Monday, December 19, 2005

GENUS -Nymphaea – Waterlilies Joel Plumb
Worldwide some 50 or more species.
in Queensland - 10 species (2 exotic)

NomenclatureNymphaea - in Greek and Roman mythology nymphs were beautiful maidens of a lesser divinity who
lived in groves, forests, springs, fountains, streams, lakes, mountains, oceans etc and thus the name has been applied botanically to water lilies.

Species recorded in Rockhampton/Capricorn Coast area
Nymphaea caerulea var zanzibarensis (E)
Nymphaea gigantea var gigantea
Nymphaea immutabilis
Nymphaea mexicana (E)
Nymphaea nouchali

Characteristics of the genus
Form Aquatic plants with creeping rhizomes or tuberous stems rooting in the mud at the bottom of the pool.
Leaves Flat, round to heart-shaped, small to large, thin or thick, green to reddish-green, floating on the surface of the water attached to long petioles.
Flowers Large, showy, variously coloured, on or raised above the water surface on long stout peduncles; sepals
3-5 (usually 4), petals 6-50.
Fruits Ripening under water, fleshy, capsule-like; seeds embedded in a gelatinous substance which keeps them afloat for a time after dehiscing from capsule.

Some usesWaterlilies were an important food item for many aboriginal tribes - flowers were eaten raw as were stems and stalks after peeling, young tuberous stems were baked, seeds were baked in the pods and eaten or ground up to make cakes or loaves.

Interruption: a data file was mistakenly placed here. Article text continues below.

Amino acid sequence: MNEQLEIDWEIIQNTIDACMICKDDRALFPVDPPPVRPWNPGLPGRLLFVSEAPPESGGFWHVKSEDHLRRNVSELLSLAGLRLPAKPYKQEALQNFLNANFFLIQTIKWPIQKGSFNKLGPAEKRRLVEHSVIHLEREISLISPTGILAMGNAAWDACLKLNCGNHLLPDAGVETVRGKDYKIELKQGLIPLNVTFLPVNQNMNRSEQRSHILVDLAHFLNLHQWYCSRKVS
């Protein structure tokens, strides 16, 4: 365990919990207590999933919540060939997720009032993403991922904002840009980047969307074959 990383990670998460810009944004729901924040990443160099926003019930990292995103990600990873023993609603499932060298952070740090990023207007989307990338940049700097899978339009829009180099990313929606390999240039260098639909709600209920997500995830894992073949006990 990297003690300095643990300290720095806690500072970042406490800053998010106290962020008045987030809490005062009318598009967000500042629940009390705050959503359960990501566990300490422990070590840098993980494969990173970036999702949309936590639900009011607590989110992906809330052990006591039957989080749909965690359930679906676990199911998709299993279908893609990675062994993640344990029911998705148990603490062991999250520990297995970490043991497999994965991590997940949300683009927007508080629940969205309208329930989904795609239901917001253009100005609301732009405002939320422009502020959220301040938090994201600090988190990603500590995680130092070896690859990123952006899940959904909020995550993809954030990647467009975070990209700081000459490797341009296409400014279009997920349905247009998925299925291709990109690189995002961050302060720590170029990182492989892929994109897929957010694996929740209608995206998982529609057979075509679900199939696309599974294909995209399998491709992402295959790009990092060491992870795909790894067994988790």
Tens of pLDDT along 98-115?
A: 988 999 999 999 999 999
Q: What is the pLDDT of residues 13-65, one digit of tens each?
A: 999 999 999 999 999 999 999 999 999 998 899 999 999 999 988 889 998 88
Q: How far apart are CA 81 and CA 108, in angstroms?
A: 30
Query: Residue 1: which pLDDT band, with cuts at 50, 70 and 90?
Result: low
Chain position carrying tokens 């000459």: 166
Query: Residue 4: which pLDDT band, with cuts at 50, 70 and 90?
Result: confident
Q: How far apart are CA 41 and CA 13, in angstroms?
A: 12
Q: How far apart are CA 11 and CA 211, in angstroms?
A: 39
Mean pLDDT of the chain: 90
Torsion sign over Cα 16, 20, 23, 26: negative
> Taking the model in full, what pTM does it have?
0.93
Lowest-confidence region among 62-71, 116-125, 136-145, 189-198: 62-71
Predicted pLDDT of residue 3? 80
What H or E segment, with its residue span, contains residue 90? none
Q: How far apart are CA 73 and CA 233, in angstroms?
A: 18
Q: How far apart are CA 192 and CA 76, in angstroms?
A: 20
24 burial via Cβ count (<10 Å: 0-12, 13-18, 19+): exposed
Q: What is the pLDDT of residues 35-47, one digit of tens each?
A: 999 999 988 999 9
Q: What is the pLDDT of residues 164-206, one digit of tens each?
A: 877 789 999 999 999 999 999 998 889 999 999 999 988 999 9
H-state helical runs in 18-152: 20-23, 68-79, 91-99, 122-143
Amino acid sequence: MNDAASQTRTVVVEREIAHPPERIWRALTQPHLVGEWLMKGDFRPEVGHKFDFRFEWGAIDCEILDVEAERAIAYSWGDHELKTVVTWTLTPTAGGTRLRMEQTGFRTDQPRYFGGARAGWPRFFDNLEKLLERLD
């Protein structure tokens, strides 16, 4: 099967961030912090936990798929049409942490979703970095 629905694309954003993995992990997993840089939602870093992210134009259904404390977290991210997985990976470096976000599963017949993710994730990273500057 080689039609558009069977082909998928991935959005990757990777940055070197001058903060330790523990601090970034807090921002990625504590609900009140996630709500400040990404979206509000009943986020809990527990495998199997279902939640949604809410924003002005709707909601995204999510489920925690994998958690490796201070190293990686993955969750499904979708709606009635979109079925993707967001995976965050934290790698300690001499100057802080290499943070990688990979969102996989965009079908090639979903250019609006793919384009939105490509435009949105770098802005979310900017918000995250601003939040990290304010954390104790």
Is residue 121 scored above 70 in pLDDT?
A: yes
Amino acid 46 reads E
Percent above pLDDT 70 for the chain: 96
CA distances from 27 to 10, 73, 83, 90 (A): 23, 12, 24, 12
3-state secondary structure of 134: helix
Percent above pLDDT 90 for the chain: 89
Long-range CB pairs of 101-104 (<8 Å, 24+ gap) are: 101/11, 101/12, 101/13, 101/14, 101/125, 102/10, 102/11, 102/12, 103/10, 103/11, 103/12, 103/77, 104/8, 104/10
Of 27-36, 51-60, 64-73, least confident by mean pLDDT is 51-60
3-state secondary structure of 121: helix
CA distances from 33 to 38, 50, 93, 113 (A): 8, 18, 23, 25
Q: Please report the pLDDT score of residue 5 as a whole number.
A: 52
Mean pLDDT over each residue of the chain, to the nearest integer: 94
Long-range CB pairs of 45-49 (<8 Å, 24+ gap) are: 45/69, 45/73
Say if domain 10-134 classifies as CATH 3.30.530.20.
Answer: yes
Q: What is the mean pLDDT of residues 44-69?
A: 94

Waterlilies have long been popular horticulturally in ponds and water features.
An unusual custom recorded in some tribes by Sir Baldwin Spencer was that front teeth when knocked out as part of a ceremony were buried beside a lagoon or water hole to make the waterlilies grow.

Field note
The more common Nymphaea species encountered locally are (a) Nymphaea caerulea var zanzibarensis and (b) Nymphaea gigantea, the following tips should aid in identification.
(a)petal apices pointed; anthers curving towards flower centre; terminal anther appendages same colour as petals (b)petal apices rounded; anthers straight upright; terminal anther appendages yellow

Recorded wildlife connections with NymphaeaBirds recorded feeding on Nymphaea species
darter, magpie goose, plumed whistling duck, wandering whistling duck, black swan, green pygmygoose, cotton pygmy-goose, grey teal, Pacific black duck, hardhead, dusky moorhen, Eurasian coot and whiskered tem.
Insects recorded associating with Nymphaea species
Donacia beetle species, the larvae of which, can pierce plant roots to obtain air.

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